Fig. 6

Variable importance plot for the domain of attention. MCP1 = Monocyte chemotactic protein-1; IgE = immunoglobulin E; MIP1α = macrophage inflammatory protein 1 alpha. See legend to table 1 for abbreviations.

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We took a novel approach to the search for biomarkers of cognitive functioning by shifting the outcome variable from dichotomous categorization of group status (case vs. control) to a continuous construct of neuropsychological test scores. Here we demonstrate that it is possible to create serum-based biomarker algorithms of specific neuropsychological functions that account for considerable portions of the variance in test scores and that the biomarker profiles vary according to cognitive domain. This proof-of-concept work supports expanding search for biomarker mediators of cognitive functioning, which we entitle molecular neuropsychology.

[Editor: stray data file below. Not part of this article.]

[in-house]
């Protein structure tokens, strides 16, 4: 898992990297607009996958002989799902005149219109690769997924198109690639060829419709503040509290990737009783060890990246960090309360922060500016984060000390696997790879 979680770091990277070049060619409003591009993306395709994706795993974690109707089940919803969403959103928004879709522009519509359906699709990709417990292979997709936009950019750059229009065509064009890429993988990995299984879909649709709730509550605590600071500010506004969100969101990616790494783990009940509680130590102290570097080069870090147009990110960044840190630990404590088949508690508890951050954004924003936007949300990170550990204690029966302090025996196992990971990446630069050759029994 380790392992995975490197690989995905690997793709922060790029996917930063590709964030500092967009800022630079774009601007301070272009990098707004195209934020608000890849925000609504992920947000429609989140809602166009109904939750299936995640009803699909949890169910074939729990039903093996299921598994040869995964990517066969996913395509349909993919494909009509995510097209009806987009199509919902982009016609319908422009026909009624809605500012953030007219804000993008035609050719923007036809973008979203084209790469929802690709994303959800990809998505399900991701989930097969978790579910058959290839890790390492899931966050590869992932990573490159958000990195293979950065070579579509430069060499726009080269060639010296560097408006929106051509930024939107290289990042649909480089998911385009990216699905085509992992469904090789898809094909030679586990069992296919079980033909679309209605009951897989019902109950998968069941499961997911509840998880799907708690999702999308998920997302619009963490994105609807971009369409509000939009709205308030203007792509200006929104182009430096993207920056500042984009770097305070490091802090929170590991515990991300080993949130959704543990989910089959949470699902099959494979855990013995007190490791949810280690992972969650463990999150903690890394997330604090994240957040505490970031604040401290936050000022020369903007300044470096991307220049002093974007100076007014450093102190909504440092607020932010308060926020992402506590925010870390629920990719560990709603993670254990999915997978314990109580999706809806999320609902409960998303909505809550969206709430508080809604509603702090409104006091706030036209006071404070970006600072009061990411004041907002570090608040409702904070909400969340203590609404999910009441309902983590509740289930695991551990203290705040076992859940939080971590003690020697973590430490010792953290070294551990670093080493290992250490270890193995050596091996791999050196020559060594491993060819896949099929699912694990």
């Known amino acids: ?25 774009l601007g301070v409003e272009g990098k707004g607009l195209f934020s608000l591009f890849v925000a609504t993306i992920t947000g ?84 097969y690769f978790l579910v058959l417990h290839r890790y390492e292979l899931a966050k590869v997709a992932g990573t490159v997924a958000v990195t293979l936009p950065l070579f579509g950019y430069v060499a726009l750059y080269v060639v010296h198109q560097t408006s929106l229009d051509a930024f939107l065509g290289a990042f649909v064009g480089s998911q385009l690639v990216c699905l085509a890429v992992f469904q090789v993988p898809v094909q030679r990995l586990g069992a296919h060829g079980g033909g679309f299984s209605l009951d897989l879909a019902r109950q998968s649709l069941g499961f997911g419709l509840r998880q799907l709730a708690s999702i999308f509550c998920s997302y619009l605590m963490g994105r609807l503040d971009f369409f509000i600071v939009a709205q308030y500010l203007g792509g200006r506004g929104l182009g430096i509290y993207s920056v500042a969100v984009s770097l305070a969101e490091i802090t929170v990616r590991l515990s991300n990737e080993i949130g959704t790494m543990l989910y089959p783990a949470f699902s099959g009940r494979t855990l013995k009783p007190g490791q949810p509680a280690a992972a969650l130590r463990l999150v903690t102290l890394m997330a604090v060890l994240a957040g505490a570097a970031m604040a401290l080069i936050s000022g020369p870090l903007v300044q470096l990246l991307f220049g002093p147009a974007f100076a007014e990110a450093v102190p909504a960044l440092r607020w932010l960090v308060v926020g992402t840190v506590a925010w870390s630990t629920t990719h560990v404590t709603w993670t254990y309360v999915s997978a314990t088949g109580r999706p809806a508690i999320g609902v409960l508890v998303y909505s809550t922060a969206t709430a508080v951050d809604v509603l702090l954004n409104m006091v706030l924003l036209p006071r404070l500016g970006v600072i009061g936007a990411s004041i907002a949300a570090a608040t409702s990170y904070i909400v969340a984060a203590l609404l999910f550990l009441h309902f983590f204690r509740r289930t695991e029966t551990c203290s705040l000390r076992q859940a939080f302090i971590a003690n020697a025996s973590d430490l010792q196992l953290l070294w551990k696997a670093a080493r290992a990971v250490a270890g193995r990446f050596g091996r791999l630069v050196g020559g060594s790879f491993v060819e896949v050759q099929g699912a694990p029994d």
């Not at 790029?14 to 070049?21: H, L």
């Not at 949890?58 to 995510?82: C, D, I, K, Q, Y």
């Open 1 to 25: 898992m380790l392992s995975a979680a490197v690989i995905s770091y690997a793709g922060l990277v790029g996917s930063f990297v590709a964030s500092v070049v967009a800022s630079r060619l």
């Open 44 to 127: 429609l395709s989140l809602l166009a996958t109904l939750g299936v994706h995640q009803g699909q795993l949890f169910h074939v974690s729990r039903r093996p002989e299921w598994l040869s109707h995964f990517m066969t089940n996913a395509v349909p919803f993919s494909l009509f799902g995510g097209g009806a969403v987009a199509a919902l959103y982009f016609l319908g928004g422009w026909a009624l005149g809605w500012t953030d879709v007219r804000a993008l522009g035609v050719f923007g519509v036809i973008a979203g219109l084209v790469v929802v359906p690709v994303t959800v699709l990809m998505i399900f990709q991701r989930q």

This work expands on prior work looking at how individual biomarkers are related to specific neuropsychological tests, which may have broader utility for understanding and predicting cognitive dysfunction. For example, it is possible that biomarker profiles will aid in the identification of those at greatest risk of cognitive decline. Prior work has demonstrated that baseline neuropsychological test scores predict status changes over time as well as progression to AD. For example, Musicco et al. [46] recently analyzed data on 154 newly diagnosed AD cases and found that more severe memory and executive functioning difficulties at baseline predicted more rapid progression over a 2-year follow-up period. Examining data from VITA (Vienna Transdanube Aging Study), Jungwirth et al. [47] analyzed 5-year longitudinal data to determine what baseline variables best predicted incident AD in those without cognitive impairment. These authors found that a combination of the baseline CERAD Word List Delayed Recall, Trail Making Test Part A, presence of the APOEε4 allele gene, and memory complaints significantly predicted incident AD, with an area under the receiver-operating characteristic curve of 0.91 and a model R2 = 0.43. It is possible that combining biomarkers with select cognitive and clinical variables will significantly improve the prediction capacity of such models, and our group is currently working on this possibility. Another advantage of this approach is the possibility of studying biological systems that may be of etiological importance. Lastly, a significant amount of research has gone into imaging neurological mechanisms of cognitive function/dysfunction. The current work may provide the ability to combine biochemical pathway analysis with functional neuroimaging methods for a better understanding of the biology of neuropsychological dysfunction.